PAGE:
What should you do about making staff redundant if your company cannot trade any longer? How should insolvent SMEs handle redundancy?
Can employees keep working for my business if it’s being sold?
The sale of a business during insolvency ordinarily only arises when appointed administrators realise its assets through, in most cases, the sale of the business and/or assets to a third party.
In such circumstances Transfer of Undertakings (Protection of Employment) regulations (TUPE) generally apply, so that employees will automatically transfer to the new owner and their terms and conditions will be maintained.
In some cases, TUPE will permit changes to the contract of employment, provided the changes have the aim of safeguarding the survival of the business.
The application of TUPE is complex; there are specific rules in TUPE where a business is bought out of administration, and legal advice should always be obtained.
>See also: How to approach insolvency
What happens if I’m being wound up?
Although employment contracts do not necessarily terminate automatically where the employer company is placed into voluntary liquidation (members or creditors), they are likely to terminate shortly after winding up is commenced. And where the company is subject to a winding-up order and is placed into compulsory liquidation or a court-appointed receiver is appointed, the employment immediately ceases and takes effect on the date of publication of the winding up order or the date when the order is made or the receiver appointed.
Could I face legal action if I cannot pay wages?
For the simple matter of unpaid wages, generally employees can only pursue their contractual employer and not a director of the employer company. It is only where a director who does not act in good faith and within the scope of their authority may, in very limited circumstances, be found to be personally liable.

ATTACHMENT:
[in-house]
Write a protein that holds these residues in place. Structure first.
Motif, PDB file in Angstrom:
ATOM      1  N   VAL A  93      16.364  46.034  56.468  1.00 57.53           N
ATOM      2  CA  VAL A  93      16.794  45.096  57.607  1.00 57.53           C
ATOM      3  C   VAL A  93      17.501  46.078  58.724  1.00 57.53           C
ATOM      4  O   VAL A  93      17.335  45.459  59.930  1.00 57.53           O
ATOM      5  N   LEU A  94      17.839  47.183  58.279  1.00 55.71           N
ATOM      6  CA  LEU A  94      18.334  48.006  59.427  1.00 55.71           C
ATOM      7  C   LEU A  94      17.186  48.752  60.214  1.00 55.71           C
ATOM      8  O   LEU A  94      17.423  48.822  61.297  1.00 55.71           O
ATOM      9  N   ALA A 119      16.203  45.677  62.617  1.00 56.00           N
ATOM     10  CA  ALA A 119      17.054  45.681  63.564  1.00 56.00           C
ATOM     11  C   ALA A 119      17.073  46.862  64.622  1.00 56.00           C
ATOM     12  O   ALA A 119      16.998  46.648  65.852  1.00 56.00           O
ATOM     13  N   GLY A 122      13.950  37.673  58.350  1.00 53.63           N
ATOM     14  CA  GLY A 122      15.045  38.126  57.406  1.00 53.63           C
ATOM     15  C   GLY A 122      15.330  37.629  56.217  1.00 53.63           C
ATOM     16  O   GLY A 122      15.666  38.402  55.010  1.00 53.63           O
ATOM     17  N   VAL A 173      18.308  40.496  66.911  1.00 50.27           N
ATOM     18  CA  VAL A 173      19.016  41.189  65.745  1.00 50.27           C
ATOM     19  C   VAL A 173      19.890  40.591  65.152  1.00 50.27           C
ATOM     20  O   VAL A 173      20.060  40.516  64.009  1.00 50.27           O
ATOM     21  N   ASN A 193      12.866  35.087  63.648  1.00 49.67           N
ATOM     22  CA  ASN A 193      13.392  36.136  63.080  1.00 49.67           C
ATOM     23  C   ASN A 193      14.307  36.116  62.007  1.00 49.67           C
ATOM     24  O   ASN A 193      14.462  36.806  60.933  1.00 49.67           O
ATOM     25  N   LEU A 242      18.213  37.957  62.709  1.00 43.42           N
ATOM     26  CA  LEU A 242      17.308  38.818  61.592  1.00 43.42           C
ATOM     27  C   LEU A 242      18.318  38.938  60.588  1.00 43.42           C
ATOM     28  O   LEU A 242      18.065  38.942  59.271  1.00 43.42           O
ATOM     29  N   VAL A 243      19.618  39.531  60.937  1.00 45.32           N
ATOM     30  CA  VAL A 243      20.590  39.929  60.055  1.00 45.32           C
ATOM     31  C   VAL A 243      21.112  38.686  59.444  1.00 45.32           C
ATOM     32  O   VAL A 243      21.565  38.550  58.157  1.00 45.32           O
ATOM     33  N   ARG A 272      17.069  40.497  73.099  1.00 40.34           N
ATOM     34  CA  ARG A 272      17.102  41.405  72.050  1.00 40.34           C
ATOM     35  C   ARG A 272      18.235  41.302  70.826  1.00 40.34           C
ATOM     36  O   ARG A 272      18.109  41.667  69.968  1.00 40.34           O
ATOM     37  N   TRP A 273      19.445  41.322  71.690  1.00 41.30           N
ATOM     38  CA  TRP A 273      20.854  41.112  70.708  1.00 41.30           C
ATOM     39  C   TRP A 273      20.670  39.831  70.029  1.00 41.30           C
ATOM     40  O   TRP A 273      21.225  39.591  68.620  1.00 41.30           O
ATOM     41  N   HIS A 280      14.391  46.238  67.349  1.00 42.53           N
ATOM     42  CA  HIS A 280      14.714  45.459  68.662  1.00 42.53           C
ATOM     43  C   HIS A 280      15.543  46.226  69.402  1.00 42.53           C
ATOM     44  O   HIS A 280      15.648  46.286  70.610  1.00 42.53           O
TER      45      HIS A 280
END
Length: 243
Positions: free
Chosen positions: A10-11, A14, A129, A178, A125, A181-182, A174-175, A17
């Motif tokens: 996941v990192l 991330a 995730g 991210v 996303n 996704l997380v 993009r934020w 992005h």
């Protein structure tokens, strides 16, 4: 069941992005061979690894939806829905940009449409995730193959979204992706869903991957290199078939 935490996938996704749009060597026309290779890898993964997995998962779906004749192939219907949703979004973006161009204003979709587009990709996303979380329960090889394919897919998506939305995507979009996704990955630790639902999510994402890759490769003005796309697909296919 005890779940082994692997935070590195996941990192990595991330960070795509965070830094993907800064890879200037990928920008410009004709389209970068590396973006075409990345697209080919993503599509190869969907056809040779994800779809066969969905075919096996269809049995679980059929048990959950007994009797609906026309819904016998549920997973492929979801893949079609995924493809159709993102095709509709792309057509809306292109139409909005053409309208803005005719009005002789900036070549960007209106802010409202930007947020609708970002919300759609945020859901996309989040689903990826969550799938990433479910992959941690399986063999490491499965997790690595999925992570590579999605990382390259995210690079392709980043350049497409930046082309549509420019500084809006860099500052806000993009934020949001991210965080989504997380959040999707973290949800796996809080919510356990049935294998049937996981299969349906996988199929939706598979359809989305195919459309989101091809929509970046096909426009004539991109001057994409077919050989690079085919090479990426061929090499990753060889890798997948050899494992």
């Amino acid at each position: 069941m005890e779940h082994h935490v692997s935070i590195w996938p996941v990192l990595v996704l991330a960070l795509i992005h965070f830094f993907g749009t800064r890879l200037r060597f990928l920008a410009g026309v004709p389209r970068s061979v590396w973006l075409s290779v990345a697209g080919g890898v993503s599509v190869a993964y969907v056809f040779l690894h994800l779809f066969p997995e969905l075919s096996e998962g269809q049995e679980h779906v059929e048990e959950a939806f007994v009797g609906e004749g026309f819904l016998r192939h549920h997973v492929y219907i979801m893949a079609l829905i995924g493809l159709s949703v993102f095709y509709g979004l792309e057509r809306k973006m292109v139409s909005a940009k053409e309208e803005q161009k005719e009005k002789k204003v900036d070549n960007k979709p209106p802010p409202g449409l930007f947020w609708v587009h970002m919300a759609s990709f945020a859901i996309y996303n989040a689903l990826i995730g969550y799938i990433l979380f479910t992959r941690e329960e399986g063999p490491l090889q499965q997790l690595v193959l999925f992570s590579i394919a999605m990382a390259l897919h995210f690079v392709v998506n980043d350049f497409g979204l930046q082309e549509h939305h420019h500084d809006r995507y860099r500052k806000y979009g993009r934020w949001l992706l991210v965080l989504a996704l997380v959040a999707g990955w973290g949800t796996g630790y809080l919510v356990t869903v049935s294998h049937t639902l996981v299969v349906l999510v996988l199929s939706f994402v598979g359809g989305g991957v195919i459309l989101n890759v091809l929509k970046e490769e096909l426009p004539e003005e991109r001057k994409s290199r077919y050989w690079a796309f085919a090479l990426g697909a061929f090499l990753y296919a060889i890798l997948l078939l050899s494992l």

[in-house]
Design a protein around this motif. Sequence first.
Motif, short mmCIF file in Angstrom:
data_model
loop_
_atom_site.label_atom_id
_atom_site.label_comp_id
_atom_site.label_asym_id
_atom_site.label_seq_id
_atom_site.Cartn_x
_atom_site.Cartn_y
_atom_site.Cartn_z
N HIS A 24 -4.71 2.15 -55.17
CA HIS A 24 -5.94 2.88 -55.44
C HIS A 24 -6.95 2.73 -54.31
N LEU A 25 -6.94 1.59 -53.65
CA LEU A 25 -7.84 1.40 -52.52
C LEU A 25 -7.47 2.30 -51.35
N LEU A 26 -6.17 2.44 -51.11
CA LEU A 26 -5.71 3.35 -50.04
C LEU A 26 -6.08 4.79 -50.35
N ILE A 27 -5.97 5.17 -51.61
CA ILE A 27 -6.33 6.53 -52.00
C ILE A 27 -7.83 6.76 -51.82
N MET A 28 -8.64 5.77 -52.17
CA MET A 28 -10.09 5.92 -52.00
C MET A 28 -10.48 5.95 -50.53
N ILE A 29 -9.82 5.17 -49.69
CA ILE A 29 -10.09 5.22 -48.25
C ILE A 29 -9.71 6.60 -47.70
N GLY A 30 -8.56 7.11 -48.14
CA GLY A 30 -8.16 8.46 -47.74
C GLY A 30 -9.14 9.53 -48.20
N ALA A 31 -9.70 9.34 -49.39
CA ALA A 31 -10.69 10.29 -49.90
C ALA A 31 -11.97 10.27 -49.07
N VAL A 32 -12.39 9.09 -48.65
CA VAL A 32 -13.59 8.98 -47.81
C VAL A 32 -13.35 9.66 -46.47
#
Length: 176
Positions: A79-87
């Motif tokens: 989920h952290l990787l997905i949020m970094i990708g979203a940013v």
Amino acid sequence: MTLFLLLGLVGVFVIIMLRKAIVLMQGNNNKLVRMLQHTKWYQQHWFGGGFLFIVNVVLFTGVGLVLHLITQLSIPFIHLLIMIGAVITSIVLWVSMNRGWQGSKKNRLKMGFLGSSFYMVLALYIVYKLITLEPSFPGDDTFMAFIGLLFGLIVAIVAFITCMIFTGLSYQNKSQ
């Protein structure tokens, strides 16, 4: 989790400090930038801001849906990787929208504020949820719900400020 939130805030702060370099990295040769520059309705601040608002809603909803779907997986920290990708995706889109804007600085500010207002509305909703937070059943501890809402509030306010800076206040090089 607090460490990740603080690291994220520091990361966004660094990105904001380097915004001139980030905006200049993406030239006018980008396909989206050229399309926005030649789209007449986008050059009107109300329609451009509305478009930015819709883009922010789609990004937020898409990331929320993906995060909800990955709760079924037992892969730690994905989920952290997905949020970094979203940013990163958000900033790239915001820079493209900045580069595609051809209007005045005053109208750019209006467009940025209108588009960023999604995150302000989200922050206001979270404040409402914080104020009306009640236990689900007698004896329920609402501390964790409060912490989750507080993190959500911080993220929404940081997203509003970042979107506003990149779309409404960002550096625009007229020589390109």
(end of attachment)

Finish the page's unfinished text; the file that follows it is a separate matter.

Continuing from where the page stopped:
What staff can do to claim unpaid wages
If an employee is not paid their wages, there are various actions that could be taken, but this will also depend on the type of insolvency process that the company is subject to.
If the employer isn’t yet subject to an insolvency process, provided that an employee is owed more than £750, as an alternative to pursuing a claim through the Employment Tribunal, the employee could serve a statutory demand on the company, prior to winding-up proceedings commencing.
If the sum demanded isn’t paid within 21 days, the employee can then start winding up proceedings, by petitioning for the company to be wound-up. This is a formal legal process, and one which can be costly. It also may, in the event the employer company is hopelessly insolvent, yield no return to the employee due to their ranking as an unsecured creditor (see below).
If a company is in administration…
Where the employer company is in administration or compulsory liquidation, due to the automatic stay on proceedings in these proceedings, no legal action can be taken against the company without the consent of the administrator or the court where the company is in administration, and where the company has entered compulsory liquidation, permission of the court is required. This legal stay is not applicable in voluntary liquidation.
In the event of a TUPE transfer, generally employment liabilities transfer to the transferee (the purchasing company) so the employee may have a claim against the transferee for outstanding wages.
In a TUPE consultation the transferor has obligations to inform representatives and consult. Either or both of the transferee and transferor can be held liable to pay compensation for a failure to inform and consult, depending on the circumstances. Each employee affected is able to be awarded up to 13 weeks’ gross uncapped pay.